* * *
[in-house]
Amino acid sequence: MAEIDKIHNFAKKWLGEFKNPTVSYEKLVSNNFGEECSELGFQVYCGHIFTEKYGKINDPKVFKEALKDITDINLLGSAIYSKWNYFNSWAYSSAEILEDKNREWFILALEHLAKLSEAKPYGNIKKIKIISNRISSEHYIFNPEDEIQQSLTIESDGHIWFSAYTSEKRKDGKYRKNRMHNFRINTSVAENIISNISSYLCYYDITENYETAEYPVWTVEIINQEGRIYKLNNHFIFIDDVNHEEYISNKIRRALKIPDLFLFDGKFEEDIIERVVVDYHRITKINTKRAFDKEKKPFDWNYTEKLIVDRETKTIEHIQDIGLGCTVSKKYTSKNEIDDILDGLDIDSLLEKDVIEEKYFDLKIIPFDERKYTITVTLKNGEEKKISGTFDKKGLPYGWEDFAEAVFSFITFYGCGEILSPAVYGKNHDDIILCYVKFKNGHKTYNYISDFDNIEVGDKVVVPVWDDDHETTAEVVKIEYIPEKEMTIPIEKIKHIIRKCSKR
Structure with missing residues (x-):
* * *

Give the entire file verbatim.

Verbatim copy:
[in-house]
Amino acid sequence: MAEIDKIHNFAKKWLGEFKNPTVSYEKLVSNNFGEECSELGFQVYCGHIFTEKYGKINDPKVFKEALKDITDINLLGSAIYSKWNYFNSWAYSSAEILEDKNREWFILALEHLAKLSEAKPYGNIKKIKIISNRISSEHYIFNPEDEIQQSLTIESDGHIWFSAYTSEKRKDGKYRKNRMHNFRINTSVAENIISNISSYLCYYDITENYETAEYPVWTVEIINQEGRIYKLNNHFIFIDDVNHEEYISNKIRRALKIPDLFLFDGKFEEDIIERVVVDYHRITKINTKRAFDKEKKPFDWNYTEKLIVDRETKTIEHIQDIGLGCTVSKKYTSKNEIDDILDGLDIDSLLEKDVIEEKYFDLKIIPFDERKYTITVTLKNGEEKKISGTFDKKGLPYGWEDFAEAVFSFITFYGCGEILSPAVYGKNHDDIILCYVKFKNGHKTYNYISDFDNIEVGDKVVVPVWDDDHETTAEVVKIEYIPEKEMTIPIEKIKHIIRKCSKR
Structure with missing residues (x-):